But when neurosurgery finally came, they crushed our hopes once again. They’d looked at a recent batch of imaging, and seeing evidence of increased brain pressure, they concluded it was not their problem, and said he needed a more intense workup of testing and scans in the ICU to find out what was happening.
Finally some progress
When the intensivists in the PICU heard this, they were as aghast as we were. They met with the neurosurgeon, telling him that our son already had all the tests. Everything came back negative! Nothing could be found to explain what was happening. By this point, our little guy even had iatrogenic anemia (which means it was caused by the physicians) due to the incredible amount of blood that was drawn in the testing process. He was almost to the point of needing a blood transfusion.
After the neurosurgeon met with the intensivists, we endured one of the most unprofessional bursts of anger I have ever seen a grown man conduct in a hospital hallway. Saying some very hurtful things to us, the neurosurgeon decided to do surgery on the shunt. We were relieved that what we’d been requesting for days was finally occurring, but afraid it was happening too late.
The surgery was completed.
Our son’s seizures stopped.
He started opening his eyes.
His vitals became more normal.
He began to move again.
His MRI showed relief of pressure.
But his brain had been under severe, increasing pressure for those 5 days. He was now severely brain damaged.
This was just the beginning of a 7-month nightmare in dealing with the fallout of this brain damage (I’ll be sharing more about this in a few weeks, but it appears he developed Low-Pressure Hydrocephalus (LPH) from a lot of brain tissue dying and dissolving. The treatment of it is so controversial, that LPH isn’t even listed on most of the major medical websites at the time I’m writing this).
Anoxic Brain Injury
They called it several different things during the next three weeks of his hospital stay.
Ischemia. Hypoxic brain injury. Brain damage. TBI-like injury, but without the trauma. After a while they landed on “anoxic brain injury.” The bottom line is, parts of the brain were under extreme pressure for so long that oxygen could not get to where it needed to go.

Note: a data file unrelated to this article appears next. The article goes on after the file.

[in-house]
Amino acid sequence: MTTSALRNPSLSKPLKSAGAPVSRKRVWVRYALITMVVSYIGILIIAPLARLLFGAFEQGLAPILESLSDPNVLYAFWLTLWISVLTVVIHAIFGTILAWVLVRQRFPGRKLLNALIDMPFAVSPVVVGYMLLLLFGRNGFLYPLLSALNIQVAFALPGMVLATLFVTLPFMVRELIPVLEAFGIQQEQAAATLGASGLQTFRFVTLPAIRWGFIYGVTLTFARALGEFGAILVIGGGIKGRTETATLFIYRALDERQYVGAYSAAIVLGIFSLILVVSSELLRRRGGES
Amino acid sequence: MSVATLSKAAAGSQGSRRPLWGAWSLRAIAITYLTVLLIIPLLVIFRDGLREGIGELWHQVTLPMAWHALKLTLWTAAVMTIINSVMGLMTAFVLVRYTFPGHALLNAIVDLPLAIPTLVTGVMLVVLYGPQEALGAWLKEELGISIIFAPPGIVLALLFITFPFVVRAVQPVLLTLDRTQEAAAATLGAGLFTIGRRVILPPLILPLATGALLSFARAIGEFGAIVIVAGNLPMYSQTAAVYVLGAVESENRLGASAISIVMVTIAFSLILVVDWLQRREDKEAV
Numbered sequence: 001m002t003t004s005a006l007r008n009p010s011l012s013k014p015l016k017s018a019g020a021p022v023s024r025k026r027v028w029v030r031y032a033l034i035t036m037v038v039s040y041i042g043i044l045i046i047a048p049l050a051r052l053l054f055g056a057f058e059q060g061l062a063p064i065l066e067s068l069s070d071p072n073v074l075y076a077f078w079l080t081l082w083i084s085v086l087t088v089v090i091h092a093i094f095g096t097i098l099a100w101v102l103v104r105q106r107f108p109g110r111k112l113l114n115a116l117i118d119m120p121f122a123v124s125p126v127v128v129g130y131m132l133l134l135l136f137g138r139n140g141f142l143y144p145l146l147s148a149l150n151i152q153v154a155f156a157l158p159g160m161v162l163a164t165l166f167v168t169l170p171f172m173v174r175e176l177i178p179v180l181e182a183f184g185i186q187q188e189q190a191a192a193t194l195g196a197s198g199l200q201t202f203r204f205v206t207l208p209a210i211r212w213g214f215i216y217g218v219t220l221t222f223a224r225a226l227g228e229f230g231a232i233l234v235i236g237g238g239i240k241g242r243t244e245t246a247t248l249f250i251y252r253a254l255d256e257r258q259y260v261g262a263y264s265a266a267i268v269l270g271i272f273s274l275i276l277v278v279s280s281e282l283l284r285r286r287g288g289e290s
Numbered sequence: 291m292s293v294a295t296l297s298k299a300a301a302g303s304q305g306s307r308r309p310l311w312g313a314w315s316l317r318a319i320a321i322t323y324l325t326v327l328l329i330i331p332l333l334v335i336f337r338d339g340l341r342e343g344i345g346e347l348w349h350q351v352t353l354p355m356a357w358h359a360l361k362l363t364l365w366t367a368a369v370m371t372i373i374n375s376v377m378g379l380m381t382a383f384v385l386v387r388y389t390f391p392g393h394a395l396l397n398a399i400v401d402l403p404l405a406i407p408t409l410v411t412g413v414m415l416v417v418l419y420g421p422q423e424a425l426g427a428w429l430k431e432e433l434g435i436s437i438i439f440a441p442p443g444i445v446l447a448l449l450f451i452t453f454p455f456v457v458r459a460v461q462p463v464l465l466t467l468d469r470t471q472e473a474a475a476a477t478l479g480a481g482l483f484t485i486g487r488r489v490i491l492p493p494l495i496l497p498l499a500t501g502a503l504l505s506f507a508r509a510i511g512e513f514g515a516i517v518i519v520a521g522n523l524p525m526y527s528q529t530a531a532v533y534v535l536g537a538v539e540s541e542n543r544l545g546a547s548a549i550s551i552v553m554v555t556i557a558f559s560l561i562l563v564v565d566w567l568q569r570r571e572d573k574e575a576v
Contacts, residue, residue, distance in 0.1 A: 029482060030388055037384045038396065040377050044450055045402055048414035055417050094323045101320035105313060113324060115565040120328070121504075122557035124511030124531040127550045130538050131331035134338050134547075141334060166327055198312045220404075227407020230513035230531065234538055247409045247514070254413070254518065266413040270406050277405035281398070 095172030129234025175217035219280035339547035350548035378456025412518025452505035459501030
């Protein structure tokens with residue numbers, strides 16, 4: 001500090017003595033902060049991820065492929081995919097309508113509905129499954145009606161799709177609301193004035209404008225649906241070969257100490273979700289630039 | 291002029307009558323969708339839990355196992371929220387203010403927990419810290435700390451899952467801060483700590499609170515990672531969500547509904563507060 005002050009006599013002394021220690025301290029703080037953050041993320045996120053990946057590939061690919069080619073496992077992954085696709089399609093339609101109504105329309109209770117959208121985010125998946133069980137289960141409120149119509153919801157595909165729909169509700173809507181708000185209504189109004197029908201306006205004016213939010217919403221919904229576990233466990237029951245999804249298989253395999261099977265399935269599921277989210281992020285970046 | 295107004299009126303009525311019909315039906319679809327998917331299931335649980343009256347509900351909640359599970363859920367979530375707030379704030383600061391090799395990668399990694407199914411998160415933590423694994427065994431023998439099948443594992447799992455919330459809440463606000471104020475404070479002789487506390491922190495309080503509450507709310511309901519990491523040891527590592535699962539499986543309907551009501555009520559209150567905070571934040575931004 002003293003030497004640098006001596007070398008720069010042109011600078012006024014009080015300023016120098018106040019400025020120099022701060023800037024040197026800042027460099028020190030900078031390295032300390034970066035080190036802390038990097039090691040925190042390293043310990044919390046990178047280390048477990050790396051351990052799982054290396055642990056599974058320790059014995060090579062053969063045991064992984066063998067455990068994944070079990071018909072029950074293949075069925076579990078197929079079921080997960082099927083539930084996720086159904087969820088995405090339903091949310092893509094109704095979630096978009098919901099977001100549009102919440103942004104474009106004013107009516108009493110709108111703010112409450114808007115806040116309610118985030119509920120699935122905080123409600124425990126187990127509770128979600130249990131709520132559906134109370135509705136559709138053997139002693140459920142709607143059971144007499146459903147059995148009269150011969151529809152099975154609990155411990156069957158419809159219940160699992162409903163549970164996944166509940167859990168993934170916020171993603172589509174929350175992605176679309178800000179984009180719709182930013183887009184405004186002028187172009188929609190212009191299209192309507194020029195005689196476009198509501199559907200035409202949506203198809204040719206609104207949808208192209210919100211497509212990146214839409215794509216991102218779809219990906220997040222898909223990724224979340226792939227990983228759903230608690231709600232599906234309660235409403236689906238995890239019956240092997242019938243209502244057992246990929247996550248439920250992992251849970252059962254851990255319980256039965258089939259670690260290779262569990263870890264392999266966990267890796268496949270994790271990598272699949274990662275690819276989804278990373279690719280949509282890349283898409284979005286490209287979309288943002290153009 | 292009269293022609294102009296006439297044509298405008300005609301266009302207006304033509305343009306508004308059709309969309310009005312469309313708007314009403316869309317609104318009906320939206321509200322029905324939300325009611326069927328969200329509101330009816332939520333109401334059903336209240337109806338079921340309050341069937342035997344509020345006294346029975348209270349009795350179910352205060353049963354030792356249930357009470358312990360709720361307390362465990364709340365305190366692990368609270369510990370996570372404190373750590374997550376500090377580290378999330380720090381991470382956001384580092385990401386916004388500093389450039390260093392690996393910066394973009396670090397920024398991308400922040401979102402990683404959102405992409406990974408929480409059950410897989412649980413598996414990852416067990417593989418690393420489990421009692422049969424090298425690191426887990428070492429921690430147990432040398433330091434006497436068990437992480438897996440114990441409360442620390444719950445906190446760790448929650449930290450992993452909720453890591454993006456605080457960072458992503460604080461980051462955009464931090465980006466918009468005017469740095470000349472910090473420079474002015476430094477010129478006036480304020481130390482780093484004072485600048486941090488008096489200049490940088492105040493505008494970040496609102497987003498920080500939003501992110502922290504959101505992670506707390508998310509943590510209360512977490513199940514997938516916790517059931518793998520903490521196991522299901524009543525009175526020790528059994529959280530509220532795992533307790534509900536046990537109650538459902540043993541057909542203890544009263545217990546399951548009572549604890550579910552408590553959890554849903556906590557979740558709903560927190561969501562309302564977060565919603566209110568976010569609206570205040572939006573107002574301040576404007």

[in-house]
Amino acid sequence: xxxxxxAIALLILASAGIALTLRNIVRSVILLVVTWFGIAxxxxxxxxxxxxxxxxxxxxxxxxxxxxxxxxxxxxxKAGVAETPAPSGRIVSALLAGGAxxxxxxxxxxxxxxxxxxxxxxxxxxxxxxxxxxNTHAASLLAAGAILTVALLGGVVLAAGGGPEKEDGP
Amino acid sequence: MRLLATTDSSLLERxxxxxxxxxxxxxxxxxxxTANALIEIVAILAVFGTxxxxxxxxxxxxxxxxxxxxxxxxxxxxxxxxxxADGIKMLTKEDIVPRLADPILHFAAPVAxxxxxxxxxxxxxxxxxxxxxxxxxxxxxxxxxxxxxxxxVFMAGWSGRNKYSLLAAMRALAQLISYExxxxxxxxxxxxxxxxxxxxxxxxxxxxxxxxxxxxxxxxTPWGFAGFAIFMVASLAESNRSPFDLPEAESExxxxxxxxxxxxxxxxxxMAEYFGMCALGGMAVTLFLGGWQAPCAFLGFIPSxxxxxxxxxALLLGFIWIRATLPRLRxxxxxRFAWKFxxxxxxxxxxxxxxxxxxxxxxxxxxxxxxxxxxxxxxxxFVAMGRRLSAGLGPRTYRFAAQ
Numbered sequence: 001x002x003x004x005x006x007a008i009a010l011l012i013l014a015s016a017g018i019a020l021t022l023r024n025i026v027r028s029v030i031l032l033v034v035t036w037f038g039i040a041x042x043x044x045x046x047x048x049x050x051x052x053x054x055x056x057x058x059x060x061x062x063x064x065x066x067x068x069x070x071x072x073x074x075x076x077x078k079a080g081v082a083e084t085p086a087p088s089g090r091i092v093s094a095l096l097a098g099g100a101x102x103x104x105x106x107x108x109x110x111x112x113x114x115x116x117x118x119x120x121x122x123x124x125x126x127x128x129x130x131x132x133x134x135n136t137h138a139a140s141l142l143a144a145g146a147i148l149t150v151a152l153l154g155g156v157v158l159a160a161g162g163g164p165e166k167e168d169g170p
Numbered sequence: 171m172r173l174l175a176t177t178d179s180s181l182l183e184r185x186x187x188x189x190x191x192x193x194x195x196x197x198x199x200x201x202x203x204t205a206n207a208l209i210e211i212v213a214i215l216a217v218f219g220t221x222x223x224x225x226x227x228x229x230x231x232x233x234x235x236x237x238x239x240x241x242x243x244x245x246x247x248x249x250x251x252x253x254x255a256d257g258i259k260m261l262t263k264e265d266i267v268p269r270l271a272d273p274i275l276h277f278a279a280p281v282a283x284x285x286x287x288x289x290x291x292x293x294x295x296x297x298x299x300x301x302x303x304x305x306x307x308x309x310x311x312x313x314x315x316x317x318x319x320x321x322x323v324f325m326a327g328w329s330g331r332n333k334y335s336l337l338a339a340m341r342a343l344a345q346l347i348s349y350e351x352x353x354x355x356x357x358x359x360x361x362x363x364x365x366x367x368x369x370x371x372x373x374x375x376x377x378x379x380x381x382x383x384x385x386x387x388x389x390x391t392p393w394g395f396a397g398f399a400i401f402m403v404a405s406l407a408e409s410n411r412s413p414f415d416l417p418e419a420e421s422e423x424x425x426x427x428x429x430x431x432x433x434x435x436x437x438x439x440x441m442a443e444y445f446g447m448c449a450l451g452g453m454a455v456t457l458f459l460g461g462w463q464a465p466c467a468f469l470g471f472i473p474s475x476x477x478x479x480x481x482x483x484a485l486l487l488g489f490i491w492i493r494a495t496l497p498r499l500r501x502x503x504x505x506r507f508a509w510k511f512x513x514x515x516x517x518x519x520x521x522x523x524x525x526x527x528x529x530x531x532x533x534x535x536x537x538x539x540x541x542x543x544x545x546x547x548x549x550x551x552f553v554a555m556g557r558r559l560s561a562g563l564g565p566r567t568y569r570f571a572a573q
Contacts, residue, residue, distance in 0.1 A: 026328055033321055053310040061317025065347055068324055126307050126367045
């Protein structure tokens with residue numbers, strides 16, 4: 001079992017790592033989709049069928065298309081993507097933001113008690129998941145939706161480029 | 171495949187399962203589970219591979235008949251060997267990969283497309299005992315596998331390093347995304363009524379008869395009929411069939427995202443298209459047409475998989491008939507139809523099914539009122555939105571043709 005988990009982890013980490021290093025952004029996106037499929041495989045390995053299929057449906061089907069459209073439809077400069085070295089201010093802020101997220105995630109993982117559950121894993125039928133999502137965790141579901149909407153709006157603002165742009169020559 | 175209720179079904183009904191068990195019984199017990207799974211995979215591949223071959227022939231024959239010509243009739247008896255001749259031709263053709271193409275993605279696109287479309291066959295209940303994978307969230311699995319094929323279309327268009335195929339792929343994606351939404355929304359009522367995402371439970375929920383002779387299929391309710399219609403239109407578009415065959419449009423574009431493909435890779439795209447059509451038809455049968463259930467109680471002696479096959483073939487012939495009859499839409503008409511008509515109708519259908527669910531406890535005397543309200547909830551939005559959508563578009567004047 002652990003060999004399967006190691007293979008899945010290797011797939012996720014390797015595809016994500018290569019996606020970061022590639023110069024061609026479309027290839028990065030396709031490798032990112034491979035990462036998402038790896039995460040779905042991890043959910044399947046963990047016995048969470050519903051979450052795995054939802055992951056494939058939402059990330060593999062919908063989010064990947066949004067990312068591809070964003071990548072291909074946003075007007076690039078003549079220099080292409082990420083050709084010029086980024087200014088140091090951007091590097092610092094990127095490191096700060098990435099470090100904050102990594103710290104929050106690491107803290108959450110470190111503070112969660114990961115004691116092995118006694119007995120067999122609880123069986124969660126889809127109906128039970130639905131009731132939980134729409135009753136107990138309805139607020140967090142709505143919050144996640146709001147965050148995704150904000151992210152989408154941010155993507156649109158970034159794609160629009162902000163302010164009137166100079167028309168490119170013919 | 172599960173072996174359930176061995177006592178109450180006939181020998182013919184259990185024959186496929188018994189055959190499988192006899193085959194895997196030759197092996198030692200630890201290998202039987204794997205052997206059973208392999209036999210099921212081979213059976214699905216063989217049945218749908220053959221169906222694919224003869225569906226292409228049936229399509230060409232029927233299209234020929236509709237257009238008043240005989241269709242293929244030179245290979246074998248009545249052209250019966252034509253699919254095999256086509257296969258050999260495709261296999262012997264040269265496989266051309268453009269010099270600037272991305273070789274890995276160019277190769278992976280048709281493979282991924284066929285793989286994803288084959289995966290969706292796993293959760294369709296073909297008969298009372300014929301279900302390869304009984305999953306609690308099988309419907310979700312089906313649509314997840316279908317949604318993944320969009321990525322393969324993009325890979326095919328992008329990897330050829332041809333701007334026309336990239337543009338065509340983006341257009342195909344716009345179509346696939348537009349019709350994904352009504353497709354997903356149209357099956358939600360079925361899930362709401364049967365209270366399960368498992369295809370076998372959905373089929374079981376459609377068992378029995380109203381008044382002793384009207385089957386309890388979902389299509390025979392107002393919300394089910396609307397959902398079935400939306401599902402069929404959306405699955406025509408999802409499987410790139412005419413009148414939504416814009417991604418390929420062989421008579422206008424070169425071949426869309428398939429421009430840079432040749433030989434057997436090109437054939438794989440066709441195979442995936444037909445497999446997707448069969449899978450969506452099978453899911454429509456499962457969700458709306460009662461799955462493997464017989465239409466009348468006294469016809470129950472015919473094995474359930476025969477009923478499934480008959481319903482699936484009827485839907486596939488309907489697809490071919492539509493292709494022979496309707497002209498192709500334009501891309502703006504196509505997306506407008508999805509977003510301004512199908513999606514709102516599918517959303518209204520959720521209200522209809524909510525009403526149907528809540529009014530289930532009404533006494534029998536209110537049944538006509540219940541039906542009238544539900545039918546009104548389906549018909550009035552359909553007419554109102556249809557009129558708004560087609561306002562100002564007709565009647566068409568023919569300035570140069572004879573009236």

Further insult to the brain happened when a shunt insertion was botched during this hospital stay, and an episode of intense pressure occurred due to a kinked shunt tube. “Watershedding” on the brain became visible on imaging following this incident, and they misdiagnosed this phenomena as PRES, which is a syndrome where water leaves the brain cells, and then goes back into them with no damage done.
Instead of there being no damage, a tremendous amount of brain cells actually died, including vital areas of his brain’s vision center. Since that incident, he’s been diagnosed with very severe cortical vision impairment.
The brain specialists that entered the room during this particular hospitalization seemed to have a vendetta against instilling hope. Though that perception was definitely influenced by the extreme stress we were under, I was told by a worker that the neurologists were starting to put a purposeful emphasis on “speaking reality” and “sharing negative projections” because they didn’t want parents leaving the hospital with unrealistic expectations. I felt like they went over the top, and were actually very discouraging in a situation that could use a little hope.
They shared their thoughts that my child could be a blind little vegetable forever, and would probably remain in his current state, unable to eat, communicate, or even swallow his own saliva. I did not appreciate their pitiful looks as I told them that I knew he would decide for himself how much he wanted to fight through this.
I refused to project their negativity and hopelessness onto him. After their depressing visits, I’d whisper to him, “I know you can do it!”
There is a tremendous connection between the thoughts we think and how our brain grows and changes, and I didn’t want him latching onto any of their negative projections (Rebekah wrote more about that here).
And you know what? He is doing it!
We left the hospital holding this precious shell of what once was.